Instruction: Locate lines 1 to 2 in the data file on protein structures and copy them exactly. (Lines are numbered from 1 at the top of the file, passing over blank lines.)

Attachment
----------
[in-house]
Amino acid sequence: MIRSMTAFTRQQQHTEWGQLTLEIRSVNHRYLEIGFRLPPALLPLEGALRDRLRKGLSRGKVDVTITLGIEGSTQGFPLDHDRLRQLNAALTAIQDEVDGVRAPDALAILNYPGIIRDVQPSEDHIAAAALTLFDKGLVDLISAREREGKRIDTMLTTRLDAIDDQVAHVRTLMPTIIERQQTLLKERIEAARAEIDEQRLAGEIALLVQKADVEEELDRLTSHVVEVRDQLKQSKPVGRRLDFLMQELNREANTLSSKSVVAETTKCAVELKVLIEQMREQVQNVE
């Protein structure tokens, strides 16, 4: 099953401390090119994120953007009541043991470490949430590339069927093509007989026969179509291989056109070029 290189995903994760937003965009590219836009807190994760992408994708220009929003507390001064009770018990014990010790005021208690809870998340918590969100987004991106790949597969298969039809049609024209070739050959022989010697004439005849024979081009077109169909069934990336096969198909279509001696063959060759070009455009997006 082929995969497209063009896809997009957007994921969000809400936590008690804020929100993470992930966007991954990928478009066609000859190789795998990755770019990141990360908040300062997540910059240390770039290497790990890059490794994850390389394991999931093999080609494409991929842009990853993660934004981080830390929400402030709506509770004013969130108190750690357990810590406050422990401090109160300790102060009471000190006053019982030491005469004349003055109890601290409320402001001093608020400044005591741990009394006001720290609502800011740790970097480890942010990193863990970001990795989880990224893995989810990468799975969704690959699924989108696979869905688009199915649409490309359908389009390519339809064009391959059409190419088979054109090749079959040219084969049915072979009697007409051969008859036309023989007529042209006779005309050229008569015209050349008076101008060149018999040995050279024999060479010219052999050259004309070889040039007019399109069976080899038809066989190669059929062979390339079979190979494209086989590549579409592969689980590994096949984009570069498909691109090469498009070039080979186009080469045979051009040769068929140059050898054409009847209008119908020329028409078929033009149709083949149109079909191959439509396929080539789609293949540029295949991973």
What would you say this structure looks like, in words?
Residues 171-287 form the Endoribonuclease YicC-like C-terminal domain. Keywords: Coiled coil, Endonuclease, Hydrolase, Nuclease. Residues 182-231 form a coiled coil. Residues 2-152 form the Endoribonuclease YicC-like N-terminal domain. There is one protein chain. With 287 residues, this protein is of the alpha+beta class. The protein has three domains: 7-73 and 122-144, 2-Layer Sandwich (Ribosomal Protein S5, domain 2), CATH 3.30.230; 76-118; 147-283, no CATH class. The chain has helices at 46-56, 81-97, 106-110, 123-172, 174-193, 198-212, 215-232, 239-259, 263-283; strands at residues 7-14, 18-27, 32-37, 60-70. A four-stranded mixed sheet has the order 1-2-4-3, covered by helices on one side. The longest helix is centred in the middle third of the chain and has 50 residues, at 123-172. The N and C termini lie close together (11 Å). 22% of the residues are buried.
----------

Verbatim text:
[in-house]
Amino acid sequence: MIRSMTAFTRQQQHTEWGQLTLEIRSVNHRYLEIGFRLPPALLPLEGALRDRLRKGLSRGKVDVTITLGIEGSTQGFPLDHDRLRQLNAALTAIQDEVDGVRAPDALAILNYPGIIRDVQPSEDHIAAAALTLFDKGLVDLISAREREGKRIDTMLTTRLDAIDDQVAHVRTLMPTIIERQQTLLKERIEAARAEIDEQRLAGEIALLVQKADVEEELDRLTSHVVEVRDQLKQSKPVGRRLDFLMQELNREANTLSSKSVVAETTKCAVELKVLIEQMREQVQNVE